RFS62
01-29-2006, 03:46 PM
It would bother me more about Kullman if he rejected out of hand the brain typing without investigating. Sports psychology is an emerging field and a lot of things are being looked at that sound pretty crazy.

I want an open minded guy in the organization. Willingness to listen to new ideas is a good thing.

RedsIn07
01-29-2006, 07:15 PM
Arbuckle to be interviewed per Marc:
http://frontier.cincinnati.com/blogs/spring/

Add another

Thought we might get through today quietly, but it wasn't to be. There is a new name on the GM interview list -- Phillies assistant GM Mike Arbuckle.

Arbuckle, who turned 55 in November, has been with the Phillies since October 1992. He served as scouting director for eight years before adding player development duties to his title after the 2000 season. A Missouri native, Arbuckle spent 12 years as a scout for the Braves before going to Philadelphia.

cincinnati chili
01-29-2006, 07:30 PM
Arbuckle is well respected, so I'm not surprised that they're interested in him. But he's not one I'd pin my hopes on.

"What we've always done in the draft is go for the higher-ceiling players. Some years that might be a college guy like Pat Burrell, and some years it might be a high-school guy like Reggie Taylor. But we always try to take the highest-ceiling player where we pick.

For entire article, read:
http://espn.go.com/mlb/columns/neyer_rob/1485751.html

Jpup
01-29-2006, 09:08 PM
I don't want anyone associated with the Phillies front office during the Ed Wade regime.

KronoRed
01-29-2006, 10:01 PM
I don't want anyone associated with the Phillies front office during the Ed Wade regime.
Agreed, we have enough dysfunction here

M2
01-29-2006, 10:11 PM
I've been pretty open-minded about everyone on the list (or even rumored) up until now, but if Mike Arbuckle got the job I'd be throwing-stuff furious.

Falls City Beer
01-29-2006, 10:53 PM
I've been pretty open-minded about everyone on the list (or even rumored) up until now, but if Mike Arbuckle got the job I'd be throwing-stuff furious.

He's no Fatty Arbuckle:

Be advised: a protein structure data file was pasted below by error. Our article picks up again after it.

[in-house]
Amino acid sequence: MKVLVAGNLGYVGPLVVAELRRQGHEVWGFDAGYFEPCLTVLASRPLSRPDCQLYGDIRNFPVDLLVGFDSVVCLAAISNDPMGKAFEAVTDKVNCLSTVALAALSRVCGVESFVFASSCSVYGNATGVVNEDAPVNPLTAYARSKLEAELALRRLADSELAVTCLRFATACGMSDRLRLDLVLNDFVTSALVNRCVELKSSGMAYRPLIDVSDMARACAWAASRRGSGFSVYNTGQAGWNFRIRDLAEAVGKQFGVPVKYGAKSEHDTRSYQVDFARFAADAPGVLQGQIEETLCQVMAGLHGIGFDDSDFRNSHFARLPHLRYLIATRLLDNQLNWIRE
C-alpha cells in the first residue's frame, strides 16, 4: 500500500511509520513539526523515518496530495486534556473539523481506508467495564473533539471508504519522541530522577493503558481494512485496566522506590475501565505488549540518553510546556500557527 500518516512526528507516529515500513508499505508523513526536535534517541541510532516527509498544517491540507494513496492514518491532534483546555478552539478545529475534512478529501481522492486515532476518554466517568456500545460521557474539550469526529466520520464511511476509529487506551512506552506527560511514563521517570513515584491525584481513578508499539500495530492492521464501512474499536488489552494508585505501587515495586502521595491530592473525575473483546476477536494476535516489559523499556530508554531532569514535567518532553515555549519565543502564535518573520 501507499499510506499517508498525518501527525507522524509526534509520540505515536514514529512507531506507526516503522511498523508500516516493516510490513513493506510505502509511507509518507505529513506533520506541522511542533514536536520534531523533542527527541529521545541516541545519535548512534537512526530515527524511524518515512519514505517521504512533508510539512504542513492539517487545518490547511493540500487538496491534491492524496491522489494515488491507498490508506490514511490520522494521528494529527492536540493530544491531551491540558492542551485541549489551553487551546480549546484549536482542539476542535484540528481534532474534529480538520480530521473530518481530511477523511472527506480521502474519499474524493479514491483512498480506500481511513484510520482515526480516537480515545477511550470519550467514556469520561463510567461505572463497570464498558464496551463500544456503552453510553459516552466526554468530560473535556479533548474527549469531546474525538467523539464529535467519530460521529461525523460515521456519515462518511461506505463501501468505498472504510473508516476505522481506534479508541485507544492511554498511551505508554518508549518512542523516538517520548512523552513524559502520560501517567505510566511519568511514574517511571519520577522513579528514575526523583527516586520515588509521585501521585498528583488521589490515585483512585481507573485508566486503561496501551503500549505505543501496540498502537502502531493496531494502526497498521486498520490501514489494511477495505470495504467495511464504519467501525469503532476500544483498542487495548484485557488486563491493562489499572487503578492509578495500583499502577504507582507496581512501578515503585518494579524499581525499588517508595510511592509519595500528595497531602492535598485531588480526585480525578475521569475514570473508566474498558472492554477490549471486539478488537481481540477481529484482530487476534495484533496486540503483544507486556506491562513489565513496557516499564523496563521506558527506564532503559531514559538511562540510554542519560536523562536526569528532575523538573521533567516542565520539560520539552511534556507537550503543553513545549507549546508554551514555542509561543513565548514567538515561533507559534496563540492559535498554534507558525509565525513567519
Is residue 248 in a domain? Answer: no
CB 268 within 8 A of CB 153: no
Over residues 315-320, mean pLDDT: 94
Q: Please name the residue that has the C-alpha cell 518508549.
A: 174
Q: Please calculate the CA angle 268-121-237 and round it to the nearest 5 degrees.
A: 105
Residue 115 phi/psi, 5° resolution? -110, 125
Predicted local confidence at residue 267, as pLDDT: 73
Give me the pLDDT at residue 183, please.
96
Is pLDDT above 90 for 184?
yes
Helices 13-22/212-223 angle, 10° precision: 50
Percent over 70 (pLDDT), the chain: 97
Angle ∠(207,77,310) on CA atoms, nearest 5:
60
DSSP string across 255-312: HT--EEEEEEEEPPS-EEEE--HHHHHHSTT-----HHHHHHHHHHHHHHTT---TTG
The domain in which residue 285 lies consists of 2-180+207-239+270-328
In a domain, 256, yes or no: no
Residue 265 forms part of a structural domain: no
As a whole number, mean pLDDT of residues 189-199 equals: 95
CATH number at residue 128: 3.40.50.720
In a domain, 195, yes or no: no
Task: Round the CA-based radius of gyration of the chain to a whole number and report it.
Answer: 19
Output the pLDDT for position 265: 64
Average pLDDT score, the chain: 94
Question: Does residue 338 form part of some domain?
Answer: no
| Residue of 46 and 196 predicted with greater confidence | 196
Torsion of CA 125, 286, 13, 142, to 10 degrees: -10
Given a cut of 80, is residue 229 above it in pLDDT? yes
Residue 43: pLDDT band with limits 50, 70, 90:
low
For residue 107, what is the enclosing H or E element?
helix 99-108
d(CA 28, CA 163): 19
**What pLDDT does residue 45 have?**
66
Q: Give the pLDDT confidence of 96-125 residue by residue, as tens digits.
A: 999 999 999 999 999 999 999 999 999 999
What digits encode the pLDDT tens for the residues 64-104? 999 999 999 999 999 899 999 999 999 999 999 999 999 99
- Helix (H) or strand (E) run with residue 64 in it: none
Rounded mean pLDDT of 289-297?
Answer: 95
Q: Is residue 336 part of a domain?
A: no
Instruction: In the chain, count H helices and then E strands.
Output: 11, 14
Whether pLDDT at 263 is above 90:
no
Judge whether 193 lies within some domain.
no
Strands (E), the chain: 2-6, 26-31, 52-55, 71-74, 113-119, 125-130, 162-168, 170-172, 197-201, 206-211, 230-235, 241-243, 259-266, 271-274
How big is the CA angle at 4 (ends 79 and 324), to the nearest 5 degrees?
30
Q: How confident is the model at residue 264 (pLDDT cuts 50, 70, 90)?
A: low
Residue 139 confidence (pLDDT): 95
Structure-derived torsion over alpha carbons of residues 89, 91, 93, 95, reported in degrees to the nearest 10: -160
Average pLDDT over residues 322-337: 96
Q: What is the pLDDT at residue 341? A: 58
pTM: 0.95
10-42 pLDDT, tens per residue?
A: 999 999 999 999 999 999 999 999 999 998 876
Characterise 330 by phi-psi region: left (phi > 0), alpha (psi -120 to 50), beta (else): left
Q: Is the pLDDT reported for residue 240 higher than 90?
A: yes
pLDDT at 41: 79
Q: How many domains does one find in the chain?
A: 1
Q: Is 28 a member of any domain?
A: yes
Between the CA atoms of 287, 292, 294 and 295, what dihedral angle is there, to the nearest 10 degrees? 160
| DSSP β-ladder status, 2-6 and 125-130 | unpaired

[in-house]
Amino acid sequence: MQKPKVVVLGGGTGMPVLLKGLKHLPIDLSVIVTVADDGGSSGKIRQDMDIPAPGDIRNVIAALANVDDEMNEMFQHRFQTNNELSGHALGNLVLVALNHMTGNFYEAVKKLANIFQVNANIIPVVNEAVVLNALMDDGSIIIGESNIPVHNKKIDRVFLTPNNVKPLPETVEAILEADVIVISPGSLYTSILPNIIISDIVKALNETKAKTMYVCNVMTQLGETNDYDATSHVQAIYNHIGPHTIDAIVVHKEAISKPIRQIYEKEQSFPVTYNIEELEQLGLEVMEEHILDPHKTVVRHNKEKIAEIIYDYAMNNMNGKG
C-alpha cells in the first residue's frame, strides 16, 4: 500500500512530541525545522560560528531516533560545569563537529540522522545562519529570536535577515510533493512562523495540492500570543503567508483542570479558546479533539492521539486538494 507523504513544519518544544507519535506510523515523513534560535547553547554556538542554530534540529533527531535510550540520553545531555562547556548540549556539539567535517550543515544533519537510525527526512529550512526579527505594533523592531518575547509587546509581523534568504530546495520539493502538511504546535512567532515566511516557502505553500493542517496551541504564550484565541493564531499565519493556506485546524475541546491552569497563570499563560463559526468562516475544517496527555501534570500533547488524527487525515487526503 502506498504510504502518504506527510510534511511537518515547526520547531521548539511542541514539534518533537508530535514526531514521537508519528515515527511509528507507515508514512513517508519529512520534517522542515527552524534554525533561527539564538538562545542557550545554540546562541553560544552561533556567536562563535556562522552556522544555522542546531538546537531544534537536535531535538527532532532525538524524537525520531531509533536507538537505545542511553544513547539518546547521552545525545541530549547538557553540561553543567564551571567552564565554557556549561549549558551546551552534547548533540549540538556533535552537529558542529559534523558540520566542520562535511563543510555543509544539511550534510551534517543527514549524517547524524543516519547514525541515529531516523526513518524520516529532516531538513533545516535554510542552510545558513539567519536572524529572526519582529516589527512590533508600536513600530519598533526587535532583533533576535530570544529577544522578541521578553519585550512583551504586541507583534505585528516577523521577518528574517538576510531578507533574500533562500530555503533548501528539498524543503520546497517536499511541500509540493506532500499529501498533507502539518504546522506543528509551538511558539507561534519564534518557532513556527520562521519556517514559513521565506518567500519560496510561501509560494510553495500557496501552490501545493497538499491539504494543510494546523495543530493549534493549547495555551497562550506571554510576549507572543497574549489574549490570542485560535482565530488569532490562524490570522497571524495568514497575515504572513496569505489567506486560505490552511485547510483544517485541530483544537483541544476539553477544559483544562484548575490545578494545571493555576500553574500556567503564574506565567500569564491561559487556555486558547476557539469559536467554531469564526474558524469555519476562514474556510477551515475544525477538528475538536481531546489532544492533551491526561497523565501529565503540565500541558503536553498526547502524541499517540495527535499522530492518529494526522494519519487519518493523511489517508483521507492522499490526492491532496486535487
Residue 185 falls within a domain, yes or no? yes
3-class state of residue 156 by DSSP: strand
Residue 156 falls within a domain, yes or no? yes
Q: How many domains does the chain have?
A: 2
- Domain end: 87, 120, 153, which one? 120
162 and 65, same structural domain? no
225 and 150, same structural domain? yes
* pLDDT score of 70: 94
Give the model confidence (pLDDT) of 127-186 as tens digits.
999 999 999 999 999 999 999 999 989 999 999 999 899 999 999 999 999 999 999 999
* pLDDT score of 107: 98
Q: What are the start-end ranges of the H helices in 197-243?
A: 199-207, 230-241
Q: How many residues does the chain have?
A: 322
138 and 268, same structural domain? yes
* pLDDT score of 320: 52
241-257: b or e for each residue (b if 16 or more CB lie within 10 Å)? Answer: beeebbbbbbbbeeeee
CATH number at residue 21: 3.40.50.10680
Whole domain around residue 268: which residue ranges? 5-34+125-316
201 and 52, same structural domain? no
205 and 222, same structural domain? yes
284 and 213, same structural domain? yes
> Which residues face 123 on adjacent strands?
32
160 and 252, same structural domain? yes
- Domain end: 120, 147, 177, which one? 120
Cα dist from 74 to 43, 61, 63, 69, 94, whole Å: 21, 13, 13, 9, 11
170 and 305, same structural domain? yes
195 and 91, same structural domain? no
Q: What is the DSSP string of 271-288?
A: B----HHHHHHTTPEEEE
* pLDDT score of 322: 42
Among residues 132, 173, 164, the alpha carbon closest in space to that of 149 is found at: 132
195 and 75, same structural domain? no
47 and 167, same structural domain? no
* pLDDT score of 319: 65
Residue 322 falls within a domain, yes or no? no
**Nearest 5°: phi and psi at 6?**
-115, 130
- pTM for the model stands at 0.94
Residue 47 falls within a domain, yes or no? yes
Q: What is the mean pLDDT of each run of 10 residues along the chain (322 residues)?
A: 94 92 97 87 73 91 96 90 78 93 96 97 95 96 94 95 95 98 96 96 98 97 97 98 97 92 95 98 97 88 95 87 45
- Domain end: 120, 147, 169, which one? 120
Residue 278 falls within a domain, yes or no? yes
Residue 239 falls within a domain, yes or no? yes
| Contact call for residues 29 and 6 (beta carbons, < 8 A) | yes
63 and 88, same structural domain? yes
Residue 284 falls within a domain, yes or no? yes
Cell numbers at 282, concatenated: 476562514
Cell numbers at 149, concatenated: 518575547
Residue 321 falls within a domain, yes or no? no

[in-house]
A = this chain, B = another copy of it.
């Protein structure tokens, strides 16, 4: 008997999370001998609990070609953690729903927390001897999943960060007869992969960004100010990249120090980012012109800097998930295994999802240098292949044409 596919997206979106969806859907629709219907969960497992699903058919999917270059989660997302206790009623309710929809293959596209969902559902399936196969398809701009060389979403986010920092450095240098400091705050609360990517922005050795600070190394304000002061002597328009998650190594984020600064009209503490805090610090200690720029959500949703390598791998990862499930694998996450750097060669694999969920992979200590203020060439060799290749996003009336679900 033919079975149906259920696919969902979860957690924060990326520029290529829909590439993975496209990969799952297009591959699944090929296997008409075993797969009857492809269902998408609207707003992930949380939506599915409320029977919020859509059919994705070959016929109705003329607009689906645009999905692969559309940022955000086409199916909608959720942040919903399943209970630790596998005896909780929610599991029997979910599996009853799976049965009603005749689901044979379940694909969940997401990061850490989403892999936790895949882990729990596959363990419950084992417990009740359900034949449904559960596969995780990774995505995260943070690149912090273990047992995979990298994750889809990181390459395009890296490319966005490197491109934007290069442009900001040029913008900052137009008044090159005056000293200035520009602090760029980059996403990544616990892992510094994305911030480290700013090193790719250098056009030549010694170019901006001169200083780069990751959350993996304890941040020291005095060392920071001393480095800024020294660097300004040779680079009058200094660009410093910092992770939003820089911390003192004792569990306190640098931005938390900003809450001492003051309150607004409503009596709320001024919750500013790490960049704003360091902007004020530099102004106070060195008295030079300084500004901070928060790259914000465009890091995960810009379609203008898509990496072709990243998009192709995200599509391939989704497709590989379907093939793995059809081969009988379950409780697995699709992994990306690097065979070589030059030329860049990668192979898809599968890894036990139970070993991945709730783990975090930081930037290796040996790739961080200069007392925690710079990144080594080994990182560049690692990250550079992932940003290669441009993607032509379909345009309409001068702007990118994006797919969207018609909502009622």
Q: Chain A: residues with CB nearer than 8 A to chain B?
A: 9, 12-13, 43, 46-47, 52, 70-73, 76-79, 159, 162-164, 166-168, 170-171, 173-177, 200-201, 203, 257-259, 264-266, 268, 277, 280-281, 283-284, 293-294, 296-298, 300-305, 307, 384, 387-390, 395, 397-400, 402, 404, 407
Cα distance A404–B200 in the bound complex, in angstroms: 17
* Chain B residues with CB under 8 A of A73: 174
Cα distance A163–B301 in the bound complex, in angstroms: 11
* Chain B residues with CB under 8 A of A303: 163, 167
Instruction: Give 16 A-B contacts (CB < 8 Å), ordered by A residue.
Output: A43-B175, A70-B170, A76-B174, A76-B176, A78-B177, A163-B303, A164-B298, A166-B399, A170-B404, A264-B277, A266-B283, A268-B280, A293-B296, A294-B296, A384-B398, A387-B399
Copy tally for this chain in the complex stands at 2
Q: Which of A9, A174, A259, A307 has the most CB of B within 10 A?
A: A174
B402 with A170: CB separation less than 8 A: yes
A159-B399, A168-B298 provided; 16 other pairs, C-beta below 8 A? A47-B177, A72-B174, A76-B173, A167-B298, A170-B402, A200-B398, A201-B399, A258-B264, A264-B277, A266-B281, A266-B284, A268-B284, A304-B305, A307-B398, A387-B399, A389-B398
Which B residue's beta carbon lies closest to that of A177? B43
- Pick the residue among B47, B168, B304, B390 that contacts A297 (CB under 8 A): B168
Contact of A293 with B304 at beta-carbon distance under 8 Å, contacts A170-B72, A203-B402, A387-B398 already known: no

http://www.sfmuseum.org/photos15/fatty.jpg

westofyou
01-30-2006, 12:24 AM
He's no Fatty Arbuckle:

I bet he's partied in San Francisco before.

Caveat Emperor
01-30-2006, 01:36 AM
He's no Fatty Arbuckle

Heck, given his record, I'd say he's no Jon Arbuckle either...

http://www.megsplace.com/Garfield/jon.gif

Bill
01-30-2006, 03:17 AM
I might have missed this being posted but Rosenthal states that Antonetti indeed turned down an interview offer:

Indians assistant G.M. Chris Antonetti has turned down offers to interview for three G.M. openings — with the Diamondbacks, Red Sox and Reds — in the past several months. Antonetti is happy in Cleveland, and appears content to wait for the right job. The Nationals could replace Jim Bowden after the franchise is sold, and the Mariners likely will dump Bill Bavasi if the club flops for the third straight season. ...

KronoRed
01-30-2006, 06:30 AM
http://www.megsplace.com/Garfield/jon.gif
Now..Garfield would be a good GM.

cincinnati chili
01-30-2006, 08:13 AM
I might have missed this being posted but Rosenthal states that Antonetti indeed turned down an interview offer:

Indians assistant G.M. Chris Antonetti has turned down offers to interview for three G.M. openings ó with the Diamondbacks, Red Sox and Reds ó in the past several months. Antonetti is happy in Cleveland, and appears content to wait for the right job. The Nationals could replace Jim Bowden after the franchise is sold, and the Mariners likely will dump Bill Bavasi if the club flops for the third straight season. ...

Thanks for posting this. Is a positive to know that the Reds asked him to interview.

I'm not sure where Antonetti grew up, but I know he went to Georgetown for his undergraduate studies. Just pure speculation on my part, but maybe he wants to see what shakes down there.

cincinnati chili
01-30-2006, 08:18 AM
Heck, given his record, I'd say he's no Jon Arbuckle either...

http://www.megsplace.com/Garfield/jon.gif

This won't fly. Jon would install Lyman as Ass. GM, who would surely fire Naehring, and Install Odie as farm director.

http://www.serienoldies.de/images/garfield_odie_1.jpg

Caveat Emperor
01-30-2006, 12:51 PM
This won't fly. Jon would install Lyman as Ass. GM, who would surely fire Naehring, and Install Odie as farm director.

Well, clearly if you're looking for the ideal farm hand, it's hard to go wrong with Jon's brother, Doc Boy:

http://mugsy5500.tripod.com/sitebuildercontent/sitebuilderpictures/docboy.gif